Free Clinic

April 25, 2014; Contra Costa Times

By early afternoon on Friday, according to the Contra Costa Times, some 1,100 people had received healthcare treatment at a free health clinic in Oakland sponsored by Adventist-Laymen Services and Industries. Two hundred or so had sought dental care, in part because for some reason, dental care is not included in the coverage offered under the Affordable Care Act. The Mercury News put the figure of people who came for assistance at 3,000.

The clinic, held in the East Side Club and the New Amsterdam Bar at the Oakland Coliseum, where the Oakland Raiders play, was described as like “the Hunger Games,” by Emily Taft, who lined up at 2:30 a.m. to wait for the clinic’s 5:00 a.m. opening. One presumes she meant that there was a lot of desperation among the people who showed up. This is healthcare in the U.S., even after the enactment of the ACA, requiring the determination and ingenuity of a Katniss Everdeen to get the treatment one needs.

According to the Contra Costa Times, the chief dentist at the clinic, Richard Beckermeyer of Michigan, has staffed similar clinics in Mongolia, Albania, and Kenya, in addition to localities in the United States. Earlier in the week, the Adventist program, formally called the Bridges to Health clinic, was in San Francisco at the San Francisco Armory.

The Adventists’ efforts in Oakland and San Francisco are hardly unusual. In Pullman, Washington, graduates and employees of Washington State University started up the Palouse Free Clinic, operating from a suite at the Pullman Regional Hospital. Plans to launch the HelpCare Clinic to serve the Kearney, Nebraska region were announced earlier this month, though it will take about a year to get that program up and running. Amaus Health Services is a free dental clinic opening in Syracuse, New York next month. Next weekend, the Remote Area Medical Free Health Clinic will be operating in East St. Louis.

The list of short-term as well as continuing free clinics appears almost endless. One would have thought that the Affordable Care Act would have made free clinics much less necessary than they have been in recent years. Rather, they appear to be more needed more than ever, a reflection of the two-tiered health coverage that Congress jammed down the throat of the American public:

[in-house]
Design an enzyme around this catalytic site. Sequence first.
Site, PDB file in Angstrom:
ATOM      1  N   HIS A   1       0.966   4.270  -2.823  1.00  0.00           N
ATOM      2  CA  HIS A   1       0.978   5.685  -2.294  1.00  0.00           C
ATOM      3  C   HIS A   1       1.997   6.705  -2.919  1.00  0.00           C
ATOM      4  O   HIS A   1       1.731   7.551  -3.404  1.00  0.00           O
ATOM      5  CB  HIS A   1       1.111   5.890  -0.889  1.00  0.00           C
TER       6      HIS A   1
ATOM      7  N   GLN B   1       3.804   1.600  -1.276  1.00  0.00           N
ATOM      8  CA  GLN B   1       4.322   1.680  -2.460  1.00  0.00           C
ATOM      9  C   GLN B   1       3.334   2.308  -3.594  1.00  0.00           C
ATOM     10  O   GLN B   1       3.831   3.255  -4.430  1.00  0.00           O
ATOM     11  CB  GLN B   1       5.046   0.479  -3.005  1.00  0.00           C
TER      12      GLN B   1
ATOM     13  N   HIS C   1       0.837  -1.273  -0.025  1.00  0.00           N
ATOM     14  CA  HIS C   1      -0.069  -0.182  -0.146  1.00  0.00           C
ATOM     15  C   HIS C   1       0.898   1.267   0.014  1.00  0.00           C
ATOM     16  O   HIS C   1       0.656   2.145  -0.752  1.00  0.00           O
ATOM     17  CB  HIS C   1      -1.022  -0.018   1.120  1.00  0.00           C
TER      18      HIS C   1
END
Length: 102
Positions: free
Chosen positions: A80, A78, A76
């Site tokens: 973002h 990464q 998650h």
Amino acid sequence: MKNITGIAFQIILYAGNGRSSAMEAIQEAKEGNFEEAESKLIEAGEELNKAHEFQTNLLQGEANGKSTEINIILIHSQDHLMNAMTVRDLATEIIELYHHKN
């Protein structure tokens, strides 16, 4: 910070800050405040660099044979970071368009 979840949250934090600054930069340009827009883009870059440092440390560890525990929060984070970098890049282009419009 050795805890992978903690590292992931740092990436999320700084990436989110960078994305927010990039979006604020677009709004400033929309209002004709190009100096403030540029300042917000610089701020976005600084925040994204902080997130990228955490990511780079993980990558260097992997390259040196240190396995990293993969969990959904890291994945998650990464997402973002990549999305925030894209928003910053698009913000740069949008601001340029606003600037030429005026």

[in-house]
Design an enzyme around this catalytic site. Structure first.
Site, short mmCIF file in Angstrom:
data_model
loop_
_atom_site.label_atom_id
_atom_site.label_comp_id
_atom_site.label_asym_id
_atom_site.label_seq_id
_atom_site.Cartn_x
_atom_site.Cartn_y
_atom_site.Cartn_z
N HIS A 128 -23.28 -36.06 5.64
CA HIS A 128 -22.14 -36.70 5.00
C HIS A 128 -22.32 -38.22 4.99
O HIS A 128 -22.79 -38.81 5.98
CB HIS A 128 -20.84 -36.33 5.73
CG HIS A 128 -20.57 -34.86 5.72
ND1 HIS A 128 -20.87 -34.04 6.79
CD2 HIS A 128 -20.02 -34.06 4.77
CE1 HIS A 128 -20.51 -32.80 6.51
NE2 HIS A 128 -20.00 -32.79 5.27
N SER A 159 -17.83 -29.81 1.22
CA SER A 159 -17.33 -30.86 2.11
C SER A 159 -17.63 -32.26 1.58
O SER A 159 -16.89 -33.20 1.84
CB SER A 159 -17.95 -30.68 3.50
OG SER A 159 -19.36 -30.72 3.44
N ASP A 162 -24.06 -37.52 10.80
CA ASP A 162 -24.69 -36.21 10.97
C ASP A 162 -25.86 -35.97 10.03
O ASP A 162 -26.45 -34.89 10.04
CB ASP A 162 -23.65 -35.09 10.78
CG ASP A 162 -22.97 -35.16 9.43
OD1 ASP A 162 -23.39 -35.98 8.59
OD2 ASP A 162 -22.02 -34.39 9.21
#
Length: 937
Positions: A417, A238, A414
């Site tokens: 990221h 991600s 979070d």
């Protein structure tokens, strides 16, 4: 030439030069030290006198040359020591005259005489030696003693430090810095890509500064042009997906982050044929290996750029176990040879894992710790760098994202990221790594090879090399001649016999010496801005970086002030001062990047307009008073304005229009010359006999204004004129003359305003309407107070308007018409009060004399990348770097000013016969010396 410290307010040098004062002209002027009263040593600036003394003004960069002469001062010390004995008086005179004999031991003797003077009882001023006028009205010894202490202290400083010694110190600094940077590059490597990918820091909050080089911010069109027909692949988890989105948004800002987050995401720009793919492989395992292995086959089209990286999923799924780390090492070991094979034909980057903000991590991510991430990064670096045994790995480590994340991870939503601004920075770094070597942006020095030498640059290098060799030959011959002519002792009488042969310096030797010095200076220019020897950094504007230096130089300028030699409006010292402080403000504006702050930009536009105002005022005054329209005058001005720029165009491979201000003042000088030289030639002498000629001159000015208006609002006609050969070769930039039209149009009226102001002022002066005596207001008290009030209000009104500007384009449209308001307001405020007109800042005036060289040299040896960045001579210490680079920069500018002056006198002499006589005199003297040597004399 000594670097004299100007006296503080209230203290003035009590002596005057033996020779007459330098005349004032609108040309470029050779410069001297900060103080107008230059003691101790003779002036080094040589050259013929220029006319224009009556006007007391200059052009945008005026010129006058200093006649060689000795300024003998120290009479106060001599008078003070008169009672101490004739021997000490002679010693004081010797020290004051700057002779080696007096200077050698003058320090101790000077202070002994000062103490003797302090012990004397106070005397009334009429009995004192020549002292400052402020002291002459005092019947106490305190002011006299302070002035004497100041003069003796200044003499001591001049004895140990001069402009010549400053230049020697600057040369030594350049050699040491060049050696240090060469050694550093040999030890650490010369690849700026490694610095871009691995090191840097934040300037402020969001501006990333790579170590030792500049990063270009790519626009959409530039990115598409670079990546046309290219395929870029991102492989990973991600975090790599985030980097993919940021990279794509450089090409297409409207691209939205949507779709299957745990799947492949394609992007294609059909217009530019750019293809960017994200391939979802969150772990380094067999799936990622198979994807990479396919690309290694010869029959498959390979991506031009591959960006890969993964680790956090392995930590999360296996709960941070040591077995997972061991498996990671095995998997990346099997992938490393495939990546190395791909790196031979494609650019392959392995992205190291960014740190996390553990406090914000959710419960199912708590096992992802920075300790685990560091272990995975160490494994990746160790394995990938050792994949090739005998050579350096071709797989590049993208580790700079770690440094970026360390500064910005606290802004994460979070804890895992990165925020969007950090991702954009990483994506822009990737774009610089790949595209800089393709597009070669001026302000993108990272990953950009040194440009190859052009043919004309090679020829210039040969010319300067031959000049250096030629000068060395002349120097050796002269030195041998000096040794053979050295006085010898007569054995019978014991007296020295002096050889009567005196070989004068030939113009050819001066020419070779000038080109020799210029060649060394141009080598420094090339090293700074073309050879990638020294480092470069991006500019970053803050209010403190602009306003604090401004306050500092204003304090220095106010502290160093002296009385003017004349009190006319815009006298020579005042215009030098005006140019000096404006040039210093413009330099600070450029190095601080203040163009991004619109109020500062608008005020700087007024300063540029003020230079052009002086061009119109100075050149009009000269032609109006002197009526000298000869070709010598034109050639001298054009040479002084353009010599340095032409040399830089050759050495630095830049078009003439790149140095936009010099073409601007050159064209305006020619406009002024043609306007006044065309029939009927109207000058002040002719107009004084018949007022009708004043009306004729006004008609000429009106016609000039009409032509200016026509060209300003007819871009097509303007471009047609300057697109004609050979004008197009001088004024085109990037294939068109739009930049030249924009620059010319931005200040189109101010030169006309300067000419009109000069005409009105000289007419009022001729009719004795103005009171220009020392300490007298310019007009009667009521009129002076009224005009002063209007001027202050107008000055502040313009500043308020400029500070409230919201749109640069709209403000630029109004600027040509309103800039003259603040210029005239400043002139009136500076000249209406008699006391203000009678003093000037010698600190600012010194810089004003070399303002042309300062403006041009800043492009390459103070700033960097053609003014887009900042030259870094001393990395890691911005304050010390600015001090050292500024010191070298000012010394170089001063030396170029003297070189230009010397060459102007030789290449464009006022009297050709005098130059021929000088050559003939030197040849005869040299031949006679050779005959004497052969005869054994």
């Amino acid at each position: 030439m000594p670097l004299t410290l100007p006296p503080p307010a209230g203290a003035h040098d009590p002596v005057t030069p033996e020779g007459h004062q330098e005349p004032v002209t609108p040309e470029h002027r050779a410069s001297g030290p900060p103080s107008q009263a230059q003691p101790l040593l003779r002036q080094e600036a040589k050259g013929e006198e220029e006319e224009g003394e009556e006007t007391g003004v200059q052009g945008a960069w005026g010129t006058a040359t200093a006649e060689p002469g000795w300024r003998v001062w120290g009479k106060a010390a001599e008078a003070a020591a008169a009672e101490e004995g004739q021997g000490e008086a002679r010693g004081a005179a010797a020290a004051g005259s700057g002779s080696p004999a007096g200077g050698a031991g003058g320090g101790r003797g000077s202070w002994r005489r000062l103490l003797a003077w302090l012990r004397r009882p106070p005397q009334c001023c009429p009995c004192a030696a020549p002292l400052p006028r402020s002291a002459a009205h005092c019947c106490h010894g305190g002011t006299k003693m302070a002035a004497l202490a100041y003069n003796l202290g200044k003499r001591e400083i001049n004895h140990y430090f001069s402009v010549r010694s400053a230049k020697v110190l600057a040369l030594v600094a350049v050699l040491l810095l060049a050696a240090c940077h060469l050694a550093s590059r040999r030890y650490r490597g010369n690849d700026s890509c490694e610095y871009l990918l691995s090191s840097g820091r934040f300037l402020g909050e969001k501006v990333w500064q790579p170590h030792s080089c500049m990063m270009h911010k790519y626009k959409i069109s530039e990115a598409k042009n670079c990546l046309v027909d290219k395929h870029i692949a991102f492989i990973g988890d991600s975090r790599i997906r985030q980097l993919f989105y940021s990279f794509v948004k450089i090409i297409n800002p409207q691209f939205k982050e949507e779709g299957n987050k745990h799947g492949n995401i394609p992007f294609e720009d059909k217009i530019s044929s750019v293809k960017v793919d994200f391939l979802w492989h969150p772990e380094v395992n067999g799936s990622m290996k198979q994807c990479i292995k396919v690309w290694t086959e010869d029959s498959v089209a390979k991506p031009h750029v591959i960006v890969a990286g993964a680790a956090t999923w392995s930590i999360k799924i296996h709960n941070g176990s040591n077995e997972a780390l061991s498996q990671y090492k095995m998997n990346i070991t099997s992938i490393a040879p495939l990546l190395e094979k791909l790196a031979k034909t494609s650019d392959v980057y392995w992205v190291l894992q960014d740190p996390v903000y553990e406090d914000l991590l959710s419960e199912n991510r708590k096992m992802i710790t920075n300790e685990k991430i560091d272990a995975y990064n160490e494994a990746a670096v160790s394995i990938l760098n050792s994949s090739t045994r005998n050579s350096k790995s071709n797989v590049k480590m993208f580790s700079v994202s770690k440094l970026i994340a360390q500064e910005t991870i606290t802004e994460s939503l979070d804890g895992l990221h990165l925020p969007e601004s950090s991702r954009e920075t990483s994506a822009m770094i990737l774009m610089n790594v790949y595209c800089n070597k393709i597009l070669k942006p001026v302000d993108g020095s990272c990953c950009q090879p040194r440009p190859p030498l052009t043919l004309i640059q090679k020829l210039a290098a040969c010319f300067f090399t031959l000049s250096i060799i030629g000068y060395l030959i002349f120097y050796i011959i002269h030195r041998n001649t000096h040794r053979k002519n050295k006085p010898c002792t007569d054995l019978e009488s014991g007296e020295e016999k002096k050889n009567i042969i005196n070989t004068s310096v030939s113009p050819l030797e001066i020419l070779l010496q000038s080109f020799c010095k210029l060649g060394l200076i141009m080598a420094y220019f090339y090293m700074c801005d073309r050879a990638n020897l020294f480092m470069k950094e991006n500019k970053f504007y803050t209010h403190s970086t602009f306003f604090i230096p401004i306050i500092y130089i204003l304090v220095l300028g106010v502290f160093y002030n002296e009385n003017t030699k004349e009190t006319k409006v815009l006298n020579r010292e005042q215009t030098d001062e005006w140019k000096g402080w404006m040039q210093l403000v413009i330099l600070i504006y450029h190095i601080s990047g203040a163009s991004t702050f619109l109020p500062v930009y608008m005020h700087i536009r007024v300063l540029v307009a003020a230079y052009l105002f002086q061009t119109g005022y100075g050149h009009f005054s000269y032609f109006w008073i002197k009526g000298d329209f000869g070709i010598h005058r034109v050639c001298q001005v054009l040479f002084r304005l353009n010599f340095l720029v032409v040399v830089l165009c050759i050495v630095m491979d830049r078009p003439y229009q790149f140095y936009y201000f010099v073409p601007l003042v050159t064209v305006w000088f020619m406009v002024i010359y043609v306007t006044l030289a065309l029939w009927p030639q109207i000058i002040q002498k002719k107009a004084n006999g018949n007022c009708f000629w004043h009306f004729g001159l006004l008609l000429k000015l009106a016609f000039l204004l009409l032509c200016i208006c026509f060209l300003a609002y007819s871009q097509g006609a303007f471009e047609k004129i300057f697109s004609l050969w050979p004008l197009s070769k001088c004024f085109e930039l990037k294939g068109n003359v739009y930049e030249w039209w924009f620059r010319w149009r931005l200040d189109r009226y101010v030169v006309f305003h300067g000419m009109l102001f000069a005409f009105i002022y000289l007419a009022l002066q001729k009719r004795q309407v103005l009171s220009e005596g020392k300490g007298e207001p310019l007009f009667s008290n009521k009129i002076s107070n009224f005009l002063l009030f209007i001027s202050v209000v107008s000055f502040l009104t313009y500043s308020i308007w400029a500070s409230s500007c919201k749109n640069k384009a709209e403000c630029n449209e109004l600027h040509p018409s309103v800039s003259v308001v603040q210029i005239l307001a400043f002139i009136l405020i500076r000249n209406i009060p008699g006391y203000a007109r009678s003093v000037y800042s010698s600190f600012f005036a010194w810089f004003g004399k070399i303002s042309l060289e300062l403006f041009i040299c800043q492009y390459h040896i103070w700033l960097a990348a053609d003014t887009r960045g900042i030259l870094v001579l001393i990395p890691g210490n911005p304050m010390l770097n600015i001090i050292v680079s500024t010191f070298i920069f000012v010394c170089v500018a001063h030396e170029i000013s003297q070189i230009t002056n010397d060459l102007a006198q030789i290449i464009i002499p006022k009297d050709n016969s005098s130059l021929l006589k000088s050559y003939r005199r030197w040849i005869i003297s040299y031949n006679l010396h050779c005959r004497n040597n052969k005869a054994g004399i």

1. Undocumented immigrants are not eligible for ACA assistance. The result is that the tens of millions of undocumented immigrants who will comprise the bulk of the nation’s uninsured will be lining up at free clinics in the future. The clinics will be the last resort, if not the essential healthcare services provider, for the immigrants who Congress tossed to the curb at the very outside of ACA legislative negotiations.
  2. Because the ACA excluded dental care from coverage—because members of Congress don’t think dental care is a health issue?—it is likely that dental care services like cleanings and fillings will increasingly dominate free clinic services. Much of the dental care insurance coverage available in the market is pretty thin as it is. The costs of dental care at a private dentist, especially if the service needed is more than an annual check-up and cleaning, can be too pricey for low-income people.

The hundreds of doctors, dentists, optometrists, and nurses who volunteered for Bridges to Health, as well as their colleagues who will be delivering services in Kearney, Syracuse, Pullman, East St. Louis, and elsewhere, are true heroes and heroines. They aren’t taking anyone’s jobs by volunteering. They aren’t rank amateurs imagining that they can deliver professional-quality services. These people are taking time from their professional jobs and personal lives to deliver real, technical services for people who don’t have alternatives for getting decent healthcare treatment.

Our nation could solve some of the problem by eliminating the punitive exclusion of undocumented immigrants from the ACA and other government-subsidized health services and by recognizing that dental care is a crucial and necessary component of comprehensive healthcare. If this isn’t going to happen in the near term—and more than likely, given the tenor of political leadership in this country, it won’t—the work of these free clinics and the medical personnel who give of their time and talent is invaluable.—Rick Cohen